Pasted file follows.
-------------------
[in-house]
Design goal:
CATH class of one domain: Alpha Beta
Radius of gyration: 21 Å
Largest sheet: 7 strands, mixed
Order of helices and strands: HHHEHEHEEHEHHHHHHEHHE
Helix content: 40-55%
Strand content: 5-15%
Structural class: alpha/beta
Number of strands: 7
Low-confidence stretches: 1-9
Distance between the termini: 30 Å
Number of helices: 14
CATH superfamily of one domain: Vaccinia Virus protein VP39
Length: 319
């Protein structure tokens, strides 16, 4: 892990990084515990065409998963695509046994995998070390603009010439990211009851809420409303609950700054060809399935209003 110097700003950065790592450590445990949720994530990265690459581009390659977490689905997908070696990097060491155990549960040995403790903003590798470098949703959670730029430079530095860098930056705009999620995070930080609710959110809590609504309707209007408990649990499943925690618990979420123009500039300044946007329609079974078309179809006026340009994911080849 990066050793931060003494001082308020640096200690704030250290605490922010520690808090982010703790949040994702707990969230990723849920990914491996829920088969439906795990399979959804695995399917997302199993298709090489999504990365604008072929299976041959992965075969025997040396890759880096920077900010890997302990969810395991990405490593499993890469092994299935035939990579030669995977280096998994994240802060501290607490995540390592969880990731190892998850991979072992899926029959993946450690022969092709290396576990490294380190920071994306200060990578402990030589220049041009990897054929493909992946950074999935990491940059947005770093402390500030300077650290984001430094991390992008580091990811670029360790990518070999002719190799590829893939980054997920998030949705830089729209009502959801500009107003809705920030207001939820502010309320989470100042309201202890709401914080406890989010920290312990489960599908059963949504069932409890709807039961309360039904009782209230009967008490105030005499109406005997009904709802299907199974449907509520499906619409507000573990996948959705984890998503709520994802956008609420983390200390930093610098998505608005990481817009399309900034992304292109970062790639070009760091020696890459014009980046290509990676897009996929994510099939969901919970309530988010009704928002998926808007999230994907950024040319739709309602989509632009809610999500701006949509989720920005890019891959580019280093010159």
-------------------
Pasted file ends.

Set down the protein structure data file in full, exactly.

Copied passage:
[in-house]
Design goal:
CATH class of one domain: Alpha Beta
Radius of gyration: 21 Å
Largest sheet: 7 strands, mixed
Order of helices and strands: HHHEHEHEEHEHHHHHHEHHE
Helix content: 40-55%
Strand content: 5-15%
Structural class: alpha/beta
Number of strands: 7
Low-confidence stretches: 1-9
Distance between the termini: 30 Å
Number of helices: 14
CATH superfamily of one domain: Vaccinia Virus protein VP39
Length: 319
């Protein structure tokens, strides 16, 4: 892990990084515990065409998963695509046994995998070390603009010439990211009851809420409303609950700054060809399935209003 110097700003950065790592450590445990949720994530990265690459581009390659977490689905997908070696990097060491155990549960040995403790903003590798470098949703959670730029430079530095860098930056705009999620995070930080609710959110809590609504309707209007408990649990499943925690618990979420123009500039300044946007329609079974078309179809006026340009994911080849 990066050793931060003494001082308020640096200690704030250290605490922010520690808090982010703790949040994702707990969230990723849920990914491996829920088969439906795990399979959804695995399917997302199993298709090489999504990365604008072929299976041959992965075969025997040396890759880096920077900010890997302990969810395991990405490593499993890469092994299935035939990579030669995977280096998994994240802060501290607490995540390592969880990731190892998850991979072992899926029959993946450690022969092709290396576990490294380190920071994306200060990578402990030589220049041009990897054929493909992946950074999935990491940059947005770093402390500030300077650290984001430094991390992008580091990811670029360790990518070999002719190799590829893939980054997920998030949705830089729209009502959801500009107003809705920030207001939820502010309320989470100042309201202890709401914080406890989010920290312990489960599908059963949504069932409890709807039961309360039904009782209230009967008490105030005499109406005997009904709802299907199974449907509520499906619409507000573990996948959705984890998503709520994802956008609420983390200390930093610098998505608005990481817009399309900034992304292109970062790639070009760091020696890459014009980046290509990676897009996929994510099939969901919970309530988010009704928002998926808007999230994907950024040319739709309602989509632009809610999500701006949509989720920005890019891959580019280093010159």